While my tongue is planted firmly in my cheek with regards to the title of this blog post, this is a topic that is sadly all too common. Many of us in the medical field are aware of patients coming to us with medical “facts” that they have obtained on the internet that are at best misleading, and at worst incredibly dangerous.
What’s this have to do with wilderness, you say? Since wilderness medicine is often Macgyvering treatments in austere settings, it is ripe for misinformation. I’ve personally had to dispel some myths about snakebites on an online Jeep forum, as I couldn’t let someone potentially get hurt because of reading a false statement. Apparently the authors of this paper had run into a similar issue, as they wrote an article discussing the accuracy of online recommendations.
I don’t think anybody is going to be surprised that more than half of what they found out there was terrible. Now, part of that may be because they simply typed “snake bite treatment” or “snake bite first aid” in both google and yahoo, and took the first 25 sites from each search. Due to duplications and irrelevant links, they ended up with only 48 distinct web pages. They also rated them using JAMA benchmarks and the presence of the Health on Net seal.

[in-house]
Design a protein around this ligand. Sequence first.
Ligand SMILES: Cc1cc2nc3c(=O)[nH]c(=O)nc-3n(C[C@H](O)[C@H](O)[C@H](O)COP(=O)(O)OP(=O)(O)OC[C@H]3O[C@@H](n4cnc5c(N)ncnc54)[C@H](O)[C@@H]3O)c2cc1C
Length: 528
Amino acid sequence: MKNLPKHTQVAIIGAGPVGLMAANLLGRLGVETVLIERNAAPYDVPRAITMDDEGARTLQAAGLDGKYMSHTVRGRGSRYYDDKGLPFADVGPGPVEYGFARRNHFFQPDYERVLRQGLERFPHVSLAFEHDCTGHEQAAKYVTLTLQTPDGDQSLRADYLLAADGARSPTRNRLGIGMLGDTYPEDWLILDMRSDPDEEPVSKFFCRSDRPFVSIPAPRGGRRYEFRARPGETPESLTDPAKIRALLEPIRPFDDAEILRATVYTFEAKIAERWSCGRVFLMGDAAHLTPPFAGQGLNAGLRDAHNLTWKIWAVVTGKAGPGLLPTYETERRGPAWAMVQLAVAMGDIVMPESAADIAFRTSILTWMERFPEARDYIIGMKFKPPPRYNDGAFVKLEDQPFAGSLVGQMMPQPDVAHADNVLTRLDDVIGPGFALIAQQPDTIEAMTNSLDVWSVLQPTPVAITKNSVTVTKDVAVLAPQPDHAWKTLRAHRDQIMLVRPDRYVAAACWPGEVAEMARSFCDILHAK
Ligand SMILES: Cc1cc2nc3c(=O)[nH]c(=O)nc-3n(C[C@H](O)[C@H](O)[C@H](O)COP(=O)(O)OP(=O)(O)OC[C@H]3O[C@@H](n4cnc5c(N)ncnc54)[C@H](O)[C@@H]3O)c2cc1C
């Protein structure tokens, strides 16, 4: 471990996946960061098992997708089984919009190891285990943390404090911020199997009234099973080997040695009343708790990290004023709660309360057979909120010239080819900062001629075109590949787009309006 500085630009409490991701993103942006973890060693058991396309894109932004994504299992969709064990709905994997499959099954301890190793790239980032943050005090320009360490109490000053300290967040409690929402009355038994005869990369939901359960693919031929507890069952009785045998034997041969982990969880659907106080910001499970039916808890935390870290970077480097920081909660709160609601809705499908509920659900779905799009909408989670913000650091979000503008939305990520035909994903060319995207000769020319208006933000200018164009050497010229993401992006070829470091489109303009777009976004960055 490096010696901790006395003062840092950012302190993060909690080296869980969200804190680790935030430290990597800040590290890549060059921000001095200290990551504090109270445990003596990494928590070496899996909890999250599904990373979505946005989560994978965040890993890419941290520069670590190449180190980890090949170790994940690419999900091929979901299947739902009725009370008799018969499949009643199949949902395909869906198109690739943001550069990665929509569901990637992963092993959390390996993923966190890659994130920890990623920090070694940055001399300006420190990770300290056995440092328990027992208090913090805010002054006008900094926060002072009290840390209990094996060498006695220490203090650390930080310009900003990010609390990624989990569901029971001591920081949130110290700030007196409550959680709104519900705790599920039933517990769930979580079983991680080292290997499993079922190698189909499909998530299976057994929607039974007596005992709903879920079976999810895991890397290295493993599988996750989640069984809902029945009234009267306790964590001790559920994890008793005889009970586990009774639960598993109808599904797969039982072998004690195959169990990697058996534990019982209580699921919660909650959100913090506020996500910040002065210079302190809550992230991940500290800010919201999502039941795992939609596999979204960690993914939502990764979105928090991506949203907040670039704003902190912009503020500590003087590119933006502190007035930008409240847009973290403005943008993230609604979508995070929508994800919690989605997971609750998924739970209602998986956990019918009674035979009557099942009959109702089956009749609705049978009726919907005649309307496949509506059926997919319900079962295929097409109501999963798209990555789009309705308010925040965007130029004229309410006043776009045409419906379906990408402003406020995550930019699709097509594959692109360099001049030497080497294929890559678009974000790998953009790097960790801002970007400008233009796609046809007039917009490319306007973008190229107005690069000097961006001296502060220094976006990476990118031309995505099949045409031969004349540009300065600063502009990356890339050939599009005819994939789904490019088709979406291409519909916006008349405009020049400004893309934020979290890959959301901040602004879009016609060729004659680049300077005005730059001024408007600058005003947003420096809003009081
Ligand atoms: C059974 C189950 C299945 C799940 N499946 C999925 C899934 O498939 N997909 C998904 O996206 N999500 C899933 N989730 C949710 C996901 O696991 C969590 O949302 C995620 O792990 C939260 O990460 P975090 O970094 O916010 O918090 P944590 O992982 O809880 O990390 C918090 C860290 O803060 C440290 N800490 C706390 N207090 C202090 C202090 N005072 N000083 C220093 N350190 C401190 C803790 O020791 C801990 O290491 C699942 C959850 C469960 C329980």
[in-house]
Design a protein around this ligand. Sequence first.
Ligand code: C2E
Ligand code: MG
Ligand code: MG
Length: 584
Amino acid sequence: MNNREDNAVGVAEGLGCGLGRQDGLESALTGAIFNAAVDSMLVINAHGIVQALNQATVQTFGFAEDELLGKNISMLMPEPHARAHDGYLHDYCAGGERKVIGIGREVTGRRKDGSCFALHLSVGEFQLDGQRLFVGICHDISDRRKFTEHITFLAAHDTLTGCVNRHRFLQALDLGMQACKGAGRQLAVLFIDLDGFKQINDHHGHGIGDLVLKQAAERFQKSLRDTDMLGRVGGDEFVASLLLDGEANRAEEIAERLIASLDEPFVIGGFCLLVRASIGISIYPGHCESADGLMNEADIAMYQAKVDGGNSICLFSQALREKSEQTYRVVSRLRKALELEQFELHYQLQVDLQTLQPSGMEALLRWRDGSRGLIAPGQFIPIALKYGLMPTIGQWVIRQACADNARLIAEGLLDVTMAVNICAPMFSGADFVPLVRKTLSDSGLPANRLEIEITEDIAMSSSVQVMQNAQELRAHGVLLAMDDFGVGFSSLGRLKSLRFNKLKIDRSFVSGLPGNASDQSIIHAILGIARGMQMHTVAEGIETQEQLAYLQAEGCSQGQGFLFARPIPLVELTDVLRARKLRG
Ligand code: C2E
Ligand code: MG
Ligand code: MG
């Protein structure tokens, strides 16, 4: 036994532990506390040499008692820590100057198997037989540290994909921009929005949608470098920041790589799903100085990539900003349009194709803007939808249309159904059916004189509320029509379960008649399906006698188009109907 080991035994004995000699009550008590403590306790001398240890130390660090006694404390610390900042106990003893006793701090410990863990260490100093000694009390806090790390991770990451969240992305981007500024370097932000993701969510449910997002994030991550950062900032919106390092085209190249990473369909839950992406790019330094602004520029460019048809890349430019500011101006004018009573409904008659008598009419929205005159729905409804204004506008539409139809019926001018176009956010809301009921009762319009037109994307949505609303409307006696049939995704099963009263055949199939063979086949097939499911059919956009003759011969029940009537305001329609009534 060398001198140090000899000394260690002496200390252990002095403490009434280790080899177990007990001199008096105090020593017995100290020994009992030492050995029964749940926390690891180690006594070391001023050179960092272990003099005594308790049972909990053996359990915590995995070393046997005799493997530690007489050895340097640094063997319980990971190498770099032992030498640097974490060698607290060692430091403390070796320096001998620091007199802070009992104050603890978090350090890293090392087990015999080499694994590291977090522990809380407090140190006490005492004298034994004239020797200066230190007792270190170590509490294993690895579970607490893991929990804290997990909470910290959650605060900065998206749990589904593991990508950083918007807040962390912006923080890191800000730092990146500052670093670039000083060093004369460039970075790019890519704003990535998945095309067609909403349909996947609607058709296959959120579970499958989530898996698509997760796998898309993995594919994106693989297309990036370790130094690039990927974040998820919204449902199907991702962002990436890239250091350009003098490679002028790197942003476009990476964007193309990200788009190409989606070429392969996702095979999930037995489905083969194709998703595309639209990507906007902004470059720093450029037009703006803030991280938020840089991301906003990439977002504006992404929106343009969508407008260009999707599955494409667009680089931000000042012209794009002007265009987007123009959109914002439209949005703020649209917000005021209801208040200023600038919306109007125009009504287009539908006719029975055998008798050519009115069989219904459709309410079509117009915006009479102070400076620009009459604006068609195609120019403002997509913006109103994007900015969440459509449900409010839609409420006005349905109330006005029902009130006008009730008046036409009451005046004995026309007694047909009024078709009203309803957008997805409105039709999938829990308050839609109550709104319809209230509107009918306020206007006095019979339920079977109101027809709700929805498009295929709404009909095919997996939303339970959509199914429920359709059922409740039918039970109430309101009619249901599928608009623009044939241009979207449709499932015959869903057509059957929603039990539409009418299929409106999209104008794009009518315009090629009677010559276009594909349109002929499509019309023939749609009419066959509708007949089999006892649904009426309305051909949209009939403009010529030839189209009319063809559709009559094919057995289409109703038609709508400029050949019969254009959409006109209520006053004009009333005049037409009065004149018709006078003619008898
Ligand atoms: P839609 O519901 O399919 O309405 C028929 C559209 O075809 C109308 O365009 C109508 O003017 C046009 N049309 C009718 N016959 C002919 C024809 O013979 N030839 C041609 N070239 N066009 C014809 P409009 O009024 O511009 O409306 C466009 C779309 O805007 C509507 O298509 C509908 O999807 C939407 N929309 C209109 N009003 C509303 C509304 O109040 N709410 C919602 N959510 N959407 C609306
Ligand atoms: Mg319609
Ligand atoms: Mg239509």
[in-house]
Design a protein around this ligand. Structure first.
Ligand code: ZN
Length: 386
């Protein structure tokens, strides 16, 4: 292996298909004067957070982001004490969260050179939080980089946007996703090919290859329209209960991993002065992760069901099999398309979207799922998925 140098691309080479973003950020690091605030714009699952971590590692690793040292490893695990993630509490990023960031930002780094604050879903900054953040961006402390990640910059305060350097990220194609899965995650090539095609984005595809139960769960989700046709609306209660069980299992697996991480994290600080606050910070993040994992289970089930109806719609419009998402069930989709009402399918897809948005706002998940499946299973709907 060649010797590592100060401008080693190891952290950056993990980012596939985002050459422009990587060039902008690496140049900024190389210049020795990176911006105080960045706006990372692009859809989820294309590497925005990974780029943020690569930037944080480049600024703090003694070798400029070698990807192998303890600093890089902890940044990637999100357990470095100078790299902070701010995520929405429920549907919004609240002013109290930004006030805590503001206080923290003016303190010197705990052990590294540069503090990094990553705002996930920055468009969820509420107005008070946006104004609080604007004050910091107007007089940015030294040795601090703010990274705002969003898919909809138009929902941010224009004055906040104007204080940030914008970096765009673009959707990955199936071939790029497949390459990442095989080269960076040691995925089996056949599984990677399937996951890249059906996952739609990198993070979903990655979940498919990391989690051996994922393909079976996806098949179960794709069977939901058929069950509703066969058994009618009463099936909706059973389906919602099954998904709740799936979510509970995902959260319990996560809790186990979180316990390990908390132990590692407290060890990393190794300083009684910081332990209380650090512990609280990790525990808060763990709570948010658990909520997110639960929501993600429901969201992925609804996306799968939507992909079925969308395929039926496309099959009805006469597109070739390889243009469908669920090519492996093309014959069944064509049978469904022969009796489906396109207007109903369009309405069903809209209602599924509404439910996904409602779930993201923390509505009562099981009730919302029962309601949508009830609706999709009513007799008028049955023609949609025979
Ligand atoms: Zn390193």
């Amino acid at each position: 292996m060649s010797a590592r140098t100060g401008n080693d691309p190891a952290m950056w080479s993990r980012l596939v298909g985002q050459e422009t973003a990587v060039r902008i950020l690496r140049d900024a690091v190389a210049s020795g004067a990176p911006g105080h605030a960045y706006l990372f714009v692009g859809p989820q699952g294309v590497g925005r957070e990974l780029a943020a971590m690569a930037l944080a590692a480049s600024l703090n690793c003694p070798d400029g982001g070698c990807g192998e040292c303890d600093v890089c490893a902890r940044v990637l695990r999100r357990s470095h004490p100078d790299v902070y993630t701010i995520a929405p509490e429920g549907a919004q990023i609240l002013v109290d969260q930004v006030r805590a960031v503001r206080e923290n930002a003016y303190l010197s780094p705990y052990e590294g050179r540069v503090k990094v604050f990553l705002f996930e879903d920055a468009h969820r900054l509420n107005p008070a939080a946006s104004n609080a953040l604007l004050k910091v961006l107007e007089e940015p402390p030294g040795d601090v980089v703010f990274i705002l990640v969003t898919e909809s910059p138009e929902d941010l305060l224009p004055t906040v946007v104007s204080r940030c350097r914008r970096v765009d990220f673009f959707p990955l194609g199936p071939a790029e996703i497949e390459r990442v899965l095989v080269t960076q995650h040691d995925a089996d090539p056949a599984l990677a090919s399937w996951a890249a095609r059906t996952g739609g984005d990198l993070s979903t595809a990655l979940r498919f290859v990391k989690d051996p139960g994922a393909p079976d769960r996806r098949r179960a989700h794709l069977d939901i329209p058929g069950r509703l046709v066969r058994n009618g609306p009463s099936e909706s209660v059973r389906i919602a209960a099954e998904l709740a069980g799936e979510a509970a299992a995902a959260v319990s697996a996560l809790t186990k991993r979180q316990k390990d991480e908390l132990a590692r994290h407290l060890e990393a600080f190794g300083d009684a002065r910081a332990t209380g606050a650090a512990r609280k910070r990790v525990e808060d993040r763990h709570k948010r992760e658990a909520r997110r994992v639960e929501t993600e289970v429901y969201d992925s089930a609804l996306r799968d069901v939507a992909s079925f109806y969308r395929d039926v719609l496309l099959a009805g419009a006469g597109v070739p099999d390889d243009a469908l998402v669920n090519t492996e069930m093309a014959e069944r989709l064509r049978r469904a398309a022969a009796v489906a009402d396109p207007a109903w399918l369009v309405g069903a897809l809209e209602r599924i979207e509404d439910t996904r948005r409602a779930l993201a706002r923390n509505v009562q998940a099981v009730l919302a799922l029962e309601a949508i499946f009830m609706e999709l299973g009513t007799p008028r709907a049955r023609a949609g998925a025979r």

The majority of the errors were with regards to the use of suction. I don’t know if it is because the manufacturer of the commonly available suction devices keeps trying to reinforce this behavior, or if people really just want suction to work, but 14/48 sites promoted the use of it, including sites that had Health on Net seals. At the time of the research for the paper, medlineplus.gov, fda.gov (and they call snakes poisonous!) all recommended suction. Other separate site errors included recommending the use of ice, incision, or the use of electrical shock.
For the record, when bitten by a snake in North America, you want to remove constrictive items (watches, rings, etc), provide basic life support, analgesia, and hydration as needed. In addition to the above list of things NOT to do, you also don’t want to use heat, alcohol (topically or imbibed), or any other topical chemicals or herbals. And clearly, consult a medical professional in any potentially life threatening situation, and not trusting various unvetted or even apparently vetted internet sites.
- Barker S, Charlton NP, Holstege CP. Accuracy of internet recommendations for prehospital care of venomous snake bites. Wilderness Environ Med. 2010 Dec;21(4):298-302. [PMID 21168781]
EBM Gone Wild